With the API specified by the proposed standard, portlets would have well-structured, predictable access to their host portal environment. For instance, they would be able to obtain and act upon user profile information provided by the portal. They would also be able to dynamically interact with the portal window and action event model to make the best use of their allotted real estate on the portal page at any given moment. They would also have a stable model for managing configuration (personalization) on a per-user basis. At a higher level, the API would allow portlets to interact with other portlets within the same portal environment through data sharing.

For a standard such as this one to gain broad acceptance, it must deliver benefits that extend through the entire value chain of the Web services industry, and a quick tour through this chain shows that JSR 168 will have consistently positive impact. Upstream, at the IDE level, toolmakers will have an opportunity to expand and remarket their current offerings to embrace portlets as a new atomic unit of execution. For instance, with a standardized API, it will become possible to automatically derive portlets from other applications via a new type of IDE tool.

Further downstream, developers will have a significantly expanded market opportunity because their applications will be freed from the confines of specific portal requirements. Writing to these ever-changing interfaces consumes a large share of development dollars that could otherwise be put into new content.

Once new content becomes available, portal providers will have a wide range of options in configuring the information flow on their portals. Right now, providers must individually construct and maintain the interface for each service occupying space in their portal environment. With JSR 168 enacted, the standardized interface will substantially reduce the time and cost of integrating and supporting Web services packaged as portlets.

At the enterprise level, the proposed standard promises to streamline the process of delivering specific applications to users throughout the organization. Once the standard is in place, all application vendors will have a single target for portlet development, and can routinely provide a standards-compliant portlet as part of the application itself. Also, the process of deploying portlets will be greatly simplified and can easily span portal products from multiple vendors, if necessary.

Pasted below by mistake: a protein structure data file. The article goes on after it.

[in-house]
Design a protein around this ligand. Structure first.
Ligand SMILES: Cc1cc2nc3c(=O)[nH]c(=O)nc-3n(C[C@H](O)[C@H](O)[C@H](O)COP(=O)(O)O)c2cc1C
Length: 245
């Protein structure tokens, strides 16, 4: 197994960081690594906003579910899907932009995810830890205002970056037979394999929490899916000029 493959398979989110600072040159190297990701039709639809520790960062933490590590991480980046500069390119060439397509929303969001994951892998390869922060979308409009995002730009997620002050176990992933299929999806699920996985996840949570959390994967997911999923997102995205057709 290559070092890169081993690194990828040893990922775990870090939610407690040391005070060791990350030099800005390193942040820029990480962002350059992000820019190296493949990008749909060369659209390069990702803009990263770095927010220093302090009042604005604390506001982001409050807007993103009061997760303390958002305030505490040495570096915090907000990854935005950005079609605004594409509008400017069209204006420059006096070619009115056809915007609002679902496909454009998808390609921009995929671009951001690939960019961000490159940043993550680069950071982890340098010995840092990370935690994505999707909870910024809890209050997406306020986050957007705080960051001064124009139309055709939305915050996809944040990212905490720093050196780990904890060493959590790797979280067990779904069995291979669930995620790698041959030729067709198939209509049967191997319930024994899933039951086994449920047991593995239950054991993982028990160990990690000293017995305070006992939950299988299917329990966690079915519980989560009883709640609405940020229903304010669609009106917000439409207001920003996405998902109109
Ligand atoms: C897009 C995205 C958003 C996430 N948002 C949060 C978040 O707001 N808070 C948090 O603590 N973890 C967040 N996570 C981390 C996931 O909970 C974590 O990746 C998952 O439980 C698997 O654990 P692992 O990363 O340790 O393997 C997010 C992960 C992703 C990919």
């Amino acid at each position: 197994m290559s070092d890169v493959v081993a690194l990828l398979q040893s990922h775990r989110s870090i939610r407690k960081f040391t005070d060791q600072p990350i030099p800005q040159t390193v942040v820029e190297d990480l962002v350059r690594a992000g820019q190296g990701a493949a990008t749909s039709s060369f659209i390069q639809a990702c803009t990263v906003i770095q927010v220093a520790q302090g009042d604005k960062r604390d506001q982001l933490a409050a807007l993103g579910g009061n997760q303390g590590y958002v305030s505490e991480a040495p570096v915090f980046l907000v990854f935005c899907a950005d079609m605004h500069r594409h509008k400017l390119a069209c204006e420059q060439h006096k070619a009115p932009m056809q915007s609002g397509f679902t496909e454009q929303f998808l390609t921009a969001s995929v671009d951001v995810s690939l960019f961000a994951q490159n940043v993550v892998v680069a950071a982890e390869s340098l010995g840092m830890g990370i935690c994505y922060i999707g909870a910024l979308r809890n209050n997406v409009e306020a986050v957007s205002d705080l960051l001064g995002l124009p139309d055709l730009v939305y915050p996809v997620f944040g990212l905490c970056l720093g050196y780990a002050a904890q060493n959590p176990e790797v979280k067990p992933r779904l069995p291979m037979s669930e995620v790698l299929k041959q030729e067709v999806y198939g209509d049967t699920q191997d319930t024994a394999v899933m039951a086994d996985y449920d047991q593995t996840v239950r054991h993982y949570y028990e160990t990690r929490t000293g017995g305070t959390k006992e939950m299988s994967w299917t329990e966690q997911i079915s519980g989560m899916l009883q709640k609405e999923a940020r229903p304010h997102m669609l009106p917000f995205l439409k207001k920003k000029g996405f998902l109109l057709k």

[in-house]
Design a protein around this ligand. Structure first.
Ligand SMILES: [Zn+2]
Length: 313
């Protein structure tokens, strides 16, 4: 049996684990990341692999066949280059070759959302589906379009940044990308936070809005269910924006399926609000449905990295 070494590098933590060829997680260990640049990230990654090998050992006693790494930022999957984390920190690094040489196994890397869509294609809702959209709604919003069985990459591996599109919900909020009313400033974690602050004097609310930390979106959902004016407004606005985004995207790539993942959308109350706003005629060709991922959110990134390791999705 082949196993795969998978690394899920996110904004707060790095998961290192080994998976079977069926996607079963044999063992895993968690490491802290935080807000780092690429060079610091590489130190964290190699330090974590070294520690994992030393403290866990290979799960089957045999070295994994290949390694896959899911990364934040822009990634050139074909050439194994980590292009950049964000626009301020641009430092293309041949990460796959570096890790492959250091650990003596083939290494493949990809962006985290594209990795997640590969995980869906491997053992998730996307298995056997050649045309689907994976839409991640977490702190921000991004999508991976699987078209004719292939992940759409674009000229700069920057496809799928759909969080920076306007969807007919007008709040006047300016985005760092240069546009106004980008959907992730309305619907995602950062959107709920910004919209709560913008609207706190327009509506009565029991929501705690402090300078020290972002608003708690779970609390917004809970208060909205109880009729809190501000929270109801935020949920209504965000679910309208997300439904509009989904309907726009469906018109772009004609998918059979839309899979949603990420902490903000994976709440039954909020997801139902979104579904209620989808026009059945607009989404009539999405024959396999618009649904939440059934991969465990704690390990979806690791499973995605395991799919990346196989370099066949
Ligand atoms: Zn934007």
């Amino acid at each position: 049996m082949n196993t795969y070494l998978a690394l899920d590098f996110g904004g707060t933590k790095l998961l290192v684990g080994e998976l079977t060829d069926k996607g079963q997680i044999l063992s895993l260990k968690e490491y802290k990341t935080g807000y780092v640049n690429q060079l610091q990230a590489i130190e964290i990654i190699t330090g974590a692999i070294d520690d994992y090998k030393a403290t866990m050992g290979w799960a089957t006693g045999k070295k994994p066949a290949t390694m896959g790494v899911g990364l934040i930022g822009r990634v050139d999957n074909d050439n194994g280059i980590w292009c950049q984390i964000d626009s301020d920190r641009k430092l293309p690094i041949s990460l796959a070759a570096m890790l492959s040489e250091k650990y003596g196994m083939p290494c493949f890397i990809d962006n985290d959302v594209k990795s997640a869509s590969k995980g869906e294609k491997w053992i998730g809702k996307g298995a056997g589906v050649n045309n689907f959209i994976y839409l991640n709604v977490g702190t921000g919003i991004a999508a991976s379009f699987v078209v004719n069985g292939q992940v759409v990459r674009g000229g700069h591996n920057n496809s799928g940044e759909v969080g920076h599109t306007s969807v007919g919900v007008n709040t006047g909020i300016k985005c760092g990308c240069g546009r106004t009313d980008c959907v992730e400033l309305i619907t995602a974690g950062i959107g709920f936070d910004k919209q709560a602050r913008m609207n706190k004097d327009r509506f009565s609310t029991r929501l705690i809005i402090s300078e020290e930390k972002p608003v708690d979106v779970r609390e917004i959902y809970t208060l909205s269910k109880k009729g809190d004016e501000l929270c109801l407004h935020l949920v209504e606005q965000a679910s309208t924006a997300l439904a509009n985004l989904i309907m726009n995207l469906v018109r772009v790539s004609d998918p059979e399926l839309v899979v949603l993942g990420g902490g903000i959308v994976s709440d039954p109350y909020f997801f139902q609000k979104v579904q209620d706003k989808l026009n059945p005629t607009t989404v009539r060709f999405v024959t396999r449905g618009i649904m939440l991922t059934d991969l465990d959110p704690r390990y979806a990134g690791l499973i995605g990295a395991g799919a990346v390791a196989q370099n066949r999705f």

Perhaps the biggest benefit comes at the far end of the chain for the user accessing a portal from a desktop or mobile device. When JSR 168 is fully implemented, portal users everywhere will finally realize the full benefit and richness of the portlet as a primary point of entry into the domain of Web services.

JSR 168 operates in the great tradition of technology standards that shift market competition from proprietary lock-ins to a contest based on the best implementation for the broadest set of users. While it may produce some short-term disruptions, the long-term result is a major win for everyone involved.

On Portals and Portlets
Over the past couple of years, portals have come to play a key role in the delivery of applications, content, and, more recently, Web services. In general, a portal can be defined as a highly personalized Web site providing secure access to applications and business processes that the portal user shares with well-defined user communities on both sides of the firewall. All services delivered to the portal are based on a set of roles, permissions, and preferences assigned to the individual portal user.

For example, an engineer working on mechanical systems might have a much different portal configuration than an accountant assigned to inventory control within the same enterprise. Also, users have the latitude to extend beyond their portal's initial provisioning of applications and data and personalize its environment to suit their particular working style. At the same time, the portal should be able to support a full range of client device types and even different physical locations for the user. In terms of IT infrastructure, portals must be integrated with a number of other software components, including directory servers for user management and application or Web servers that provide a conduit to applications, data, reports, and transactions.

Portlets, on the other hand, connect to and display applications of various sizes and scopes that execute independently from the portal, but use the portal as either a dynamic or static interface to the user. In effect, portals can be thought of as collections of portlets. The permission to use these portlets is defined by the user's role in a given community, and is managed by the portal's interaction with various directory services. Multiple portlets may be running and even interacting within a user's portal at any given time.

Author Bio
Stuart C. Wells is senior vice president of iPlanet Products and is responsible for the iPlanet product development and product marketing functions. Stuart holds a BS in electrical and electronic engineering, an MS in digital techniques, and a PhD. in video and image compression, all from Heriot-Watt University in Edinburgh, Scotland. Stuart also earned an MBA from Santa Clara University, California, and attended Stanford University's Executive Business Program. [email protected]